China’s crypto-chips king sets his sights on ai – bloomberg gas finder near me

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He’s got a ways to go. Bitmain’s big AI chip, Sophon—named after the tiny supercomputer in the wildly popular Chinese sci-fi novel The Three-Body Problem—came out five months behind Google’s leading design, the Tensor Processing Unit. But while Google is the company to beat in all things AI, its chips are available only to customers of its cloud services, which are banned in China. That gives Wu a strong position at home.

If Bitmain’s recent history is any guide, the company may not remain an AI underdog for long. In 2011, Wu, a video game geek who favors white T-shirts, light jeans, and sneakers, stumbled into the world of crypto while working as an investment analyst in Beijing. He quickly became obsessed, devouring everything he could about cryptography and monetary history. He translated into Chinese the famous Bitcoin white paper, originally written in English by the pseudonymous author Satoshi Nakamoto, and became a fixture on online cryptocurrency forums.

In 2013, Wu met up with entrepreneur Micree Zhan for dinner at a local restaurant. Zhan, a chip designer by training, had pitched him years earlier on an investment in his startup, which was focused on TV set-top boxes. They spent two hours discussing the ins and outs of Bitcoin, and Wu proposed starting a chip company. Zhan, whose startup had been struggling, listened intently. The next morning, he spent two hours learning more about cryptocurrencies on Wikipedia. He called Wu the next day and said he was in. They sold their first chip later that year.

It was, Wu now says, one of two Bitcoin businesses that seemed plausible. The other was a cryptocurrency exchange, a model that came with far more legal risks. “The only thing that is good to do is Bitcoin mining,” he says. “Because it is 100 percent sure it is legal.”

In the early days, when Bitcoin and its ilk were mainly the province of math geeks and dorm room libertarians, hobbyists could mine Bitcoin using software that ran on a laptop. But as interest grew, miners were forced to beef up their rigs if they wanted to keep solving puzzles and earning coins faster than the next miner. That set off a frantic technological arms race, where traditional CPUs were replaced with high-end graphics chips, or GPUs.

By the end of 2013, when the price of Bitcoin hit $1,000 for the first time—it topped $19,000 last year before tumbling back into the $8,000 range—miners began experimenting with ASICs, including Bitmain’s offering. The chips, which had the necessary algorithms coded directly onto the silicon, were faster and used less electricity than GPUs.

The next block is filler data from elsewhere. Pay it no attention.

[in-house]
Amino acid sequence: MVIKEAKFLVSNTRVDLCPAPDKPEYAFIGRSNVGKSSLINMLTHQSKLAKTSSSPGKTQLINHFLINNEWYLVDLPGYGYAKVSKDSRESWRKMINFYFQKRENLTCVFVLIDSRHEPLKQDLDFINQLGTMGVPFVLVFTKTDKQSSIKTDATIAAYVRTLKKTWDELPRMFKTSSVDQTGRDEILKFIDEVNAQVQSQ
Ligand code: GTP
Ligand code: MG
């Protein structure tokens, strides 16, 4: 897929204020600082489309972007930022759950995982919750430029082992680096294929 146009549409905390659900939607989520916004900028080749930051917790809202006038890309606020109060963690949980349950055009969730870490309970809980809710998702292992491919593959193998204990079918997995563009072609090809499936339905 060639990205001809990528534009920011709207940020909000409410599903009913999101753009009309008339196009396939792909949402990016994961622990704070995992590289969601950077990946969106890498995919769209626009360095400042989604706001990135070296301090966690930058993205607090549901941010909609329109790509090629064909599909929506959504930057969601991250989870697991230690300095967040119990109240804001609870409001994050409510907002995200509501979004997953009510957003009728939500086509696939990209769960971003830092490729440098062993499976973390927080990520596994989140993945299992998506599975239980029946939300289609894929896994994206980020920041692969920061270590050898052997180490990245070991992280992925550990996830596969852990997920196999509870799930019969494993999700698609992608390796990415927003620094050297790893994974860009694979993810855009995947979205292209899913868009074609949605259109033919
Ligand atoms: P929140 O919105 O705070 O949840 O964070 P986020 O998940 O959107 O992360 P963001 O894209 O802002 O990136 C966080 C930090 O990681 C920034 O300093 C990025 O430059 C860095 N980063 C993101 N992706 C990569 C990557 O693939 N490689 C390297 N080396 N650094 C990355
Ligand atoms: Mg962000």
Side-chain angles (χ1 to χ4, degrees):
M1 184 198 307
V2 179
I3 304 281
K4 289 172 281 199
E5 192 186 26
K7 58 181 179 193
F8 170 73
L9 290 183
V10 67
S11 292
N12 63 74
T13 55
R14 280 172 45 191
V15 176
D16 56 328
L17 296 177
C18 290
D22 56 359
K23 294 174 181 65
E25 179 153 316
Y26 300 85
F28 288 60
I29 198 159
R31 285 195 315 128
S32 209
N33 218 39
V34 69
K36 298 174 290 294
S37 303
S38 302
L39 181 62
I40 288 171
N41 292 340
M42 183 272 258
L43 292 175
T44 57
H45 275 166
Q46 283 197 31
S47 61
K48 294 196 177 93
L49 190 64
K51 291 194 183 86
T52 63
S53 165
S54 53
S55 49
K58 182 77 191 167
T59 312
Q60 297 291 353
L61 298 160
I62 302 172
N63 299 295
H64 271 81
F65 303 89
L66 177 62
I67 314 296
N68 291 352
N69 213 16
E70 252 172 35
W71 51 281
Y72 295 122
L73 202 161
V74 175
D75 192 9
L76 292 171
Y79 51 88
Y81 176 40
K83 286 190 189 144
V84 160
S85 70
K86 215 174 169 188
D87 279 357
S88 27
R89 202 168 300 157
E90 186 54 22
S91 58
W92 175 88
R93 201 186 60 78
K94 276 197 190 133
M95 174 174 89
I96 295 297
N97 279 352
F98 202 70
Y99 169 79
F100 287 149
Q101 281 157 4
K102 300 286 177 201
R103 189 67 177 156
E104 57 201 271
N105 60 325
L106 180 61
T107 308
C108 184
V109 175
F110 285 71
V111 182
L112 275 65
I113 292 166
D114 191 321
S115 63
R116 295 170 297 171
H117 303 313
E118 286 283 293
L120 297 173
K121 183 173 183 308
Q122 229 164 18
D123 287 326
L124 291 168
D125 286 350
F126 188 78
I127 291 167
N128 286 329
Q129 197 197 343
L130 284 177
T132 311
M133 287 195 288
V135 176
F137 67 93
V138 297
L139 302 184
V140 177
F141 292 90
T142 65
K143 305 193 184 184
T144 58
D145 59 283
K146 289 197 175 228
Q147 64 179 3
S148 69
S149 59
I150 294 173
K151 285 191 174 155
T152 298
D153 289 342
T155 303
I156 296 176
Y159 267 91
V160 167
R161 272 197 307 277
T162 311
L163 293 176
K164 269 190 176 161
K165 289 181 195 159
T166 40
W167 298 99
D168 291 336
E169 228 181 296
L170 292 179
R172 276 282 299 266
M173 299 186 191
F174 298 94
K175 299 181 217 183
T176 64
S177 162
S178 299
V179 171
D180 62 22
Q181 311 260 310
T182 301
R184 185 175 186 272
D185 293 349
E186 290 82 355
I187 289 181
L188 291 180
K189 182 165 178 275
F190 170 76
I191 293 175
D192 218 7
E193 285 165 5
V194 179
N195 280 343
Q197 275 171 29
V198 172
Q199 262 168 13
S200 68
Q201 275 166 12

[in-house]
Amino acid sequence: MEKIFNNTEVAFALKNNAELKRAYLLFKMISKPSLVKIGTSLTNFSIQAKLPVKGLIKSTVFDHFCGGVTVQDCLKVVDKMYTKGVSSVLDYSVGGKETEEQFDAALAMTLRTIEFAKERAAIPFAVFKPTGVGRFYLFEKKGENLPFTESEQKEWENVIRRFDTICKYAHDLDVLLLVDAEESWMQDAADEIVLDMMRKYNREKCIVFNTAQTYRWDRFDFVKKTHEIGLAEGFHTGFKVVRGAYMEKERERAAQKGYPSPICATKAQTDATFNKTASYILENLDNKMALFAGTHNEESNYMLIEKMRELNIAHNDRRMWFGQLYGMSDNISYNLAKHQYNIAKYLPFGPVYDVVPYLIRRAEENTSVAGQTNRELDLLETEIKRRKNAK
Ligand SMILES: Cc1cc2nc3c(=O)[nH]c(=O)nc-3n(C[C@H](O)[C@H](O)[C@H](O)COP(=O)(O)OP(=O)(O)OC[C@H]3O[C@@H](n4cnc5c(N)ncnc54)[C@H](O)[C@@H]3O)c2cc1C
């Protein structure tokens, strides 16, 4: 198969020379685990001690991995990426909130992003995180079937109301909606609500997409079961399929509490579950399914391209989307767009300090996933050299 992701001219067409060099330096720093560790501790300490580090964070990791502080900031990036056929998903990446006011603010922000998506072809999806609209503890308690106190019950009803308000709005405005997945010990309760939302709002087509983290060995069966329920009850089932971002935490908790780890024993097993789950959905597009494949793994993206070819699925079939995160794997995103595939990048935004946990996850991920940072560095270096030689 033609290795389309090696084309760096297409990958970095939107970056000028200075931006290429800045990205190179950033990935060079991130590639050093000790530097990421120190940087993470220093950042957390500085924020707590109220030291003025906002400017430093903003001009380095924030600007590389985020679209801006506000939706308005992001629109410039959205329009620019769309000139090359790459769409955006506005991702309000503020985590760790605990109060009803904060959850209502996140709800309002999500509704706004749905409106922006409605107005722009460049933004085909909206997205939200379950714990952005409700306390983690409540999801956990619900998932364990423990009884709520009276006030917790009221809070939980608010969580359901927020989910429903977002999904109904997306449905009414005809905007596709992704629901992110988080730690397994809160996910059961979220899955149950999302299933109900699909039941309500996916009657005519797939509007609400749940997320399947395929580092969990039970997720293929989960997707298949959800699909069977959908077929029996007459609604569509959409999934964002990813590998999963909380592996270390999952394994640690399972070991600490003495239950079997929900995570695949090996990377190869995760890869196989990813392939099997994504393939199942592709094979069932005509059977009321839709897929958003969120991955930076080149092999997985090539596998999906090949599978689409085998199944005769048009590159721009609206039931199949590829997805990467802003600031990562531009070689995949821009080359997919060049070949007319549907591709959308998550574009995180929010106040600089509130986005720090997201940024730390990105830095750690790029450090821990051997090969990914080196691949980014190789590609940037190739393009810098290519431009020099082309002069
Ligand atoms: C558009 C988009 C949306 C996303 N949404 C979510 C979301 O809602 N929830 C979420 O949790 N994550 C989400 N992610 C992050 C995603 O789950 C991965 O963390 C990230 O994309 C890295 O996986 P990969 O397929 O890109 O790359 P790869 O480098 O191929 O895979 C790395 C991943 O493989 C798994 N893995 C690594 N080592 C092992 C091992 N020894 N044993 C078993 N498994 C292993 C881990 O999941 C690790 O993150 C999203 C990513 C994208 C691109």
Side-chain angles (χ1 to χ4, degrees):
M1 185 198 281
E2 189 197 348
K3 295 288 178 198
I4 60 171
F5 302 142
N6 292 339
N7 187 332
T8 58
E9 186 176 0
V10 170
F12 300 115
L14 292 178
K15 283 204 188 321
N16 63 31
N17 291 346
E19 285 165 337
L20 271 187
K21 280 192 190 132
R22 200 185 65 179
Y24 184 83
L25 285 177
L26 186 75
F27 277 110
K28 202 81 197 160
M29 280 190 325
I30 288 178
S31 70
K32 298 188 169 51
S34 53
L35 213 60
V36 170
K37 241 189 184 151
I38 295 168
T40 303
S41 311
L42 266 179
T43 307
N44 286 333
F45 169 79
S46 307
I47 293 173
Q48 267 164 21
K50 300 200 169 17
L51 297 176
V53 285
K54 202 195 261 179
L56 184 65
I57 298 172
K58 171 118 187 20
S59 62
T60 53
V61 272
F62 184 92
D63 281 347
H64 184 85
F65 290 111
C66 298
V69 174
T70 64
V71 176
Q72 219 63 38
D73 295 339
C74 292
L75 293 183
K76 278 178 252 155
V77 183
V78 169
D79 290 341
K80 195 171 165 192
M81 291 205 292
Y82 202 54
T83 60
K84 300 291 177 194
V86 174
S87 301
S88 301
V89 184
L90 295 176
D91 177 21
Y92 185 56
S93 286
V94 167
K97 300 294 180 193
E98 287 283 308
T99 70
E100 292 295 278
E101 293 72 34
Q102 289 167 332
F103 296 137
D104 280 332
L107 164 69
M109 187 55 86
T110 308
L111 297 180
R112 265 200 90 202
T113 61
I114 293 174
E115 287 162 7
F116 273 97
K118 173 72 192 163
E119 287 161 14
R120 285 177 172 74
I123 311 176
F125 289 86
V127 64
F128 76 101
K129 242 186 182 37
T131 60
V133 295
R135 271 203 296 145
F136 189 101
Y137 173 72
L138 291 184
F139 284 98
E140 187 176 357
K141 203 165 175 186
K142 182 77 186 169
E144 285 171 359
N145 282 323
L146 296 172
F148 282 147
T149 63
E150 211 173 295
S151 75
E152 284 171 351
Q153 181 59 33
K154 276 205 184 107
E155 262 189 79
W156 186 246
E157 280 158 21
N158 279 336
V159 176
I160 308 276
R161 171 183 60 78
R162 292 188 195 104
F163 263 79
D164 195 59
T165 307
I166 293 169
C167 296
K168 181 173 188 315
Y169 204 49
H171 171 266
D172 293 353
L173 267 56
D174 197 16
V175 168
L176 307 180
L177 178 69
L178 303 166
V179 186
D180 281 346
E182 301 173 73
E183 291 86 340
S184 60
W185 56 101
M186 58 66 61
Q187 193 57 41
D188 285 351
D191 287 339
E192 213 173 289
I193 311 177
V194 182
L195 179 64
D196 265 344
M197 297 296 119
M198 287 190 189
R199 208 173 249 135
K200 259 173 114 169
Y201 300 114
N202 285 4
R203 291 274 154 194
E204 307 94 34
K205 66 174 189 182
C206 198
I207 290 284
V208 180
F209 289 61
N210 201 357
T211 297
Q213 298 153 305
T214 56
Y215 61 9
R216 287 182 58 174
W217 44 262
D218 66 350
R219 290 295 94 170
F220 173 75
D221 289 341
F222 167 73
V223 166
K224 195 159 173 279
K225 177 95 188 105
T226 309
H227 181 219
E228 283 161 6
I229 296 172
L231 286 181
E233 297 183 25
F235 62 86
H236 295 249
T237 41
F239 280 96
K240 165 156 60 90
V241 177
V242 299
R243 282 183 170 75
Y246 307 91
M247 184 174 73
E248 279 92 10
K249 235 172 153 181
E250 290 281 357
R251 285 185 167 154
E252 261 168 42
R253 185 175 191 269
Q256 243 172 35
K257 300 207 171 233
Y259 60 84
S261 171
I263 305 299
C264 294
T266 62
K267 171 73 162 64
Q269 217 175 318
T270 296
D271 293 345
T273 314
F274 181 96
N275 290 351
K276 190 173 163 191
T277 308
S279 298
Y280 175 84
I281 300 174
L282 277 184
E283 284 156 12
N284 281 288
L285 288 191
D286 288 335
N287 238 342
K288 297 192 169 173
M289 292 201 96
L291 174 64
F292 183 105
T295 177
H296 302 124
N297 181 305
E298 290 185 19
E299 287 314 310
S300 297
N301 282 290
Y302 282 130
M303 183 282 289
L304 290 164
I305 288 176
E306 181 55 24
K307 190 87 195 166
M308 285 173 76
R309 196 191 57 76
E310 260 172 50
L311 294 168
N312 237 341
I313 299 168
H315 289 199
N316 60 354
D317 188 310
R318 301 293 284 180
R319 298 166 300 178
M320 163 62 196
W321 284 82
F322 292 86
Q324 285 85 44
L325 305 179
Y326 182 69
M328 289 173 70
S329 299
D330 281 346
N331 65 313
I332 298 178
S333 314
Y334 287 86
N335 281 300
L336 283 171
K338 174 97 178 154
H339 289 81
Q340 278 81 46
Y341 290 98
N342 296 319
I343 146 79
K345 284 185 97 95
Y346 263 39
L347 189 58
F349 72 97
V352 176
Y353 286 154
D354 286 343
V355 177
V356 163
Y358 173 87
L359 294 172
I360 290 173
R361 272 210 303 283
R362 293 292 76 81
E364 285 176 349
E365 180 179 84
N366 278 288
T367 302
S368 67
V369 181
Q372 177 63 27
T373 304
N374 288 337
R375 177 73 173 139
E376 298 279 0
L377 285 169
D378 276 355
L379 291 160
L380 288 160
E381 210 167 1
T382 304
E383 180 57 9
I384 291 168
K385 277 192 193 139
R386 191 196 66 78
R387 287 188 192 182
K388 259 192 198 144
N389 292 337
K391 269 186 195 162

Today, Bitmain Antminers are one-trick, server-size boxes that sell for a few hundred to a few thousand dollars. Instead of the various parts that make up a traditional PC, they’re filled with dozens or hundreds of identical high-powered chips. Customers are mostly large mining operators in places with cheap electricity. Rural China, with an excess of cheap coal power, is the most popular location by far.

Bitmain’s success has made it a whipping boy for purists who cherish Bitcoin as a way to subvert any kind of centralized authority. Decisions about the future of the currency are made democratically, with voting power based on the percentage of transactions one controls. This meant Bitmain had a lot of influence when it began arguing that Bitcoin should be tweaked to make it easier to use to buy and sell things, which you might think a no-brainer. Not in Cryptoland, where no disagreement is too small to go full-nuclear over. During one exchange in 2016, the normally restrained Wu tweeted at a critic, “F— your mother.” Eventually, Bitcoin split into two currencies: an original flavor and a new Bitmain-backed currency called Bitcoin Cash. The newer model has slightly more centralized control and much lower transaction fees.

Controversy, of course, has ensued. In April, Bitmain released an $800 miner for Ethereum, another cryptocurrency that had been seen as resistant to ASICs and thus harder for powerful companies such as Bitmain to dominate. Even so, the news set off a frenzy, with stock prices of graphics-chip makers falling. It also provoked the usual high-intensity debate among Ethereum developers over whether the currency should once again be “forked”—that is, split off into a new version that would render Bitmain’s miners useless.

Ethereum developers have since seemed to make peace with Bitmain’s entrance into the market, and Wu shrugs off criticisms about his company’s power because other chipmakers will inevitably enter the market, too. “If it’s not us, it might be Intel, it might be Nvidia, it might be AMD,” he says.

For now, Bitmain is on the offensive. It’s building new mines in the U.S. and focusing its efforts in China on chip development. With AI, Bitmain is targeting an industry that, unlike Bitcoin, has the full backing of Beijing. Last July the central government announced plans to transform China into the leading AI player by 2030, by investing in research and supporting related businesses. If that support materializes, Bitmain’s uncertain position, and any fear of a regulatory crackdown, will be a distant memory. —With Tom Mackenzie